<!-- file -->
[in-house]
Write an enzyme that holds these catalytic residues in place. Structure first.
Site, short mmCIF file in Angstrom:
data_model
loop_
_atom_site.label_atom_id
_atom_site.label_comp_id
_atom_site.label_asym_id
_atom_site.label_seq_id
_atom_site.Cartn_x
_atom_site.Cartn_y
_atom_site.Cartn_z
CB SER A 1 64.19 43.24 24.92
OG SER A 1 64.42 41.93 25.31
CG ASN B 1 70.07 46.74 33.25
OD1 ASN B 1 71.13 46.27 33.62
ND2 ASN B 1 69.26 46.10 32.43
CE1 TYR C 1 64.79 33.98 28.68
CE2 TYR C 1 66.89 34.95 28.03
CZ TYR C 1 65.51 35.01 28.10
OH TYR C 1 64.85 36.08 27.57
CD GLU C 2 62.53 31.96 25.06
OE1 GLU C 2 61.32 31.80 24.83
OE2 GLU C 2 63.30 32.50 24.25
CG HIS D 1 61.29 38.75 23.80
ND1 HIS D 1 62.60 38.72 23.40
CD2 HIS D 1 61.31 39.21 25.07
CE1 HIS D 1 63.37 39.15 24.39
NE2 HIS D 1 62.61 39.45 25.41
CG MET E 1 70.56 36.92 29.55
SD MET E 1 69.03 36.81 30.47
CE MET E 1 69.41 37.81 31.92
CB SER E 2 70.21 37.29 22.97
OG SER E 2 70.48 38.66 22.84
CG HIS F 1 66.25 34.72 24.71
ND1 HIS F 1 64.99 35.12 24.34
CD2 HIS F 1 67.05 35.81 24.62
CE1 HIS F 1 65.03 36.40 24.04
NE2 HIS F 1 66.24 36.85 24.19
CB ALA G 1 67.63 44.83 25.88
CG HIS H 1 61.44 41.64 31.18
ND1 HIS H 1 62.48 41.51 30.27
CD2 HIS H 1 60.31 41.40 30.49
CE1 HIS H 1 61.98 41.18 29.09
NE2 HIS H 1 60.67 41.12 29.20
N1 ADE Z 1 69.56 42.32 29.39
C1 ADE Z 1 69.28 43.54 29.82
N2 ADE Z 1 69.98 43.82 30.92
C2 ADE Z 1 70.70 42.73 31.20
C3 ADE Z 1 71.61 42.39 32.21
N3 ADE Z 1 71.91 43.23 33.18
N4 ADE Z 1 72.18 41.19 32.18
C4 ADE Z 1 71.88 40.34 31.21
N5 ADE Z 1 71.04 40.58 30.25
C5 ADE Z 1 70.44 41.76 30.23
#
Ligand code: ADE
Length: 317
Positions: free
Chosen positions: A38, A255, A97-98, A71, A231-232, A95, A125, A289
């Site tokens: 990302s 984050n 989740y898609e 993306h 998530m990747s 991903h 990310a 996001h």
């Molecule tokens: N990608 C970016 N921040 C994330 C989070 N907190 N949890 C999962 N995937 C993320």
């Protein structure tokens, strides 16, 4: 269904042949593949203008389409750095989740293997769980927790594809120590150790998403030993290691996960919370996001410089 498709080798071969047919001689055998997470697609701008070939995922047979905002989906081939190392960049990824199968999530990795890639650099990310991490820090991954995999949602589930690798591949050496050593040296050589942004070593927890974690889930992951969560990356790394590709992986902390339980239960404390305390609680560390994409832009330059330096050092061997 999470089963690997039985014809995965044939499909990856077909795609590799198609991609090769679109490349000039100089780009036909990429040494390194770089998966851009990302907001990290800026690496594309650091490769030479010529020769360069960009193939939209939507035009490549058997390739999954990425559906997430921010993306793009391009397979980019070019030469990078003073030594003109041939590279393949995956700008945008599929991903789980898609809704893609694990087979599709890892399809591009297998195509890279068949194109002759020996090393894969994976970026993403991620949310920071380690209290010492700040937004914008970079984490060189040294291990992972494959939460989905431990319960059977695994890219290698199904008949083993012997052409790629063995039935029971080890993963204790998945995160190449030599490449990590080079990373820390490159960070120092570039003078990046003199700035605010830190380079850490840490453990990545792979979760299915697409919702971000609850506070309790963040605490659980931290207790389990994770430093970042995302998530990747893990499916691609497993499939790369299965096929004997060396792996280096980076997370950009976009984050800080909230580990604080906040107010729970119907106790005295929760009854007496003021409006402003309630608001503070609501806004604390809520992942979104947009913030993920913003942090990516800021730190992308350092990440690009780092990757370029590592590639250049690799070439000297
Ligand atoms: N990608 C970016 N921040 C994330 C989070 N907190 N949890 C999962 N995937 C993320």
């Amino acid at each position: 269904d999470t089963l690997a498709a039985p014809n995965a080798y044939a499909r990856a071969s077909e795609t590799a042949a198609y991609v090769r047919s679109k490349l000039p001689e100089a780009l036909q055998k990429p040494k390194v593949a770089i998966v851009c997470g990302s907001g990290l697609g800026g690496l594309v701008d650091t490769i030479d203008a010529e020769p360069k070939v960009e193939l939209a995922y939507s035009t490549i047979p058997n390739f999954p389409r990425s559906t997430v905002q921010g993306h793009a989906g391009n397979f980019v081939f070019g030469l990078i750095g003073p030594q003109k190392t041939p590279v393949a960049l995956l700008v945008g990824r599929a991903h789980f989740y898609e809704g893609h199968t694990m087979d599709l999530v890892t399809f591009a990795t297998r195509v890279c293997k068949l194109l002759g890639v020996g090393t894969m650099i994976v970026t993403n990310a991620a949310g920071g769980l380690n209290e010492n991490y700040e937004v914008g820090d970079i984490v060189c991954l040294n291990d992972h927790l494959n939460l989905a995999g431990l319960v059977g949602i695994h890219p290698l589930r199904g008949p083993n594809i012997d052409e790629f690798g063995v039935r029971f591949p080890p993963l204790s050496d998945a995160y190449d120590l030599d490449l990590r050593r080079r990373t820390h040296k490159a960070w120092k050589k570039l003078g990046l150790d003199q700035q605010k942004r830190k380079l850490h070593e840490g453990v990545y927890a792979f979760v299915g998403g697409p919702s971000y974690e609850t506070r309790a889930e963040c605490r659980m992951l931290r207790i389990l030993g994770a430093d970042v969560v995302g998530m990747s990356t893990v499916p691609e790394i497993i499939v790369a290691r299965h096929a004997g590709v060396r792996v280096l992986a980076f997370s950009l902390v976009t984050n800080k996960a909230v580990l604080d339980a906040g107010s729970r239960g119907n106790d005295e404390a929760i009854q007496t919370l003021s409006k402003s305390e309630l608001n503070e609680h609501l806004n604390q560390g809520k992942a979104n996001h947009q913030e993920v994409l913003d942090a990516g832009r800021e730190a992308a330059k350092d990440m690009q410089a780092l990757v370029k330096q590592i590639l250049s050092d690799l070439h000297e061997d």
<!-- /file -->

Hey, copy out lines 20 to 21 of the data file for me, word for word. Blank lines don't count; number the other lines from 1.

CZ TYR C 1 65.51 35.01 28.10
OH TYR C 1 64.85 36.08 27.57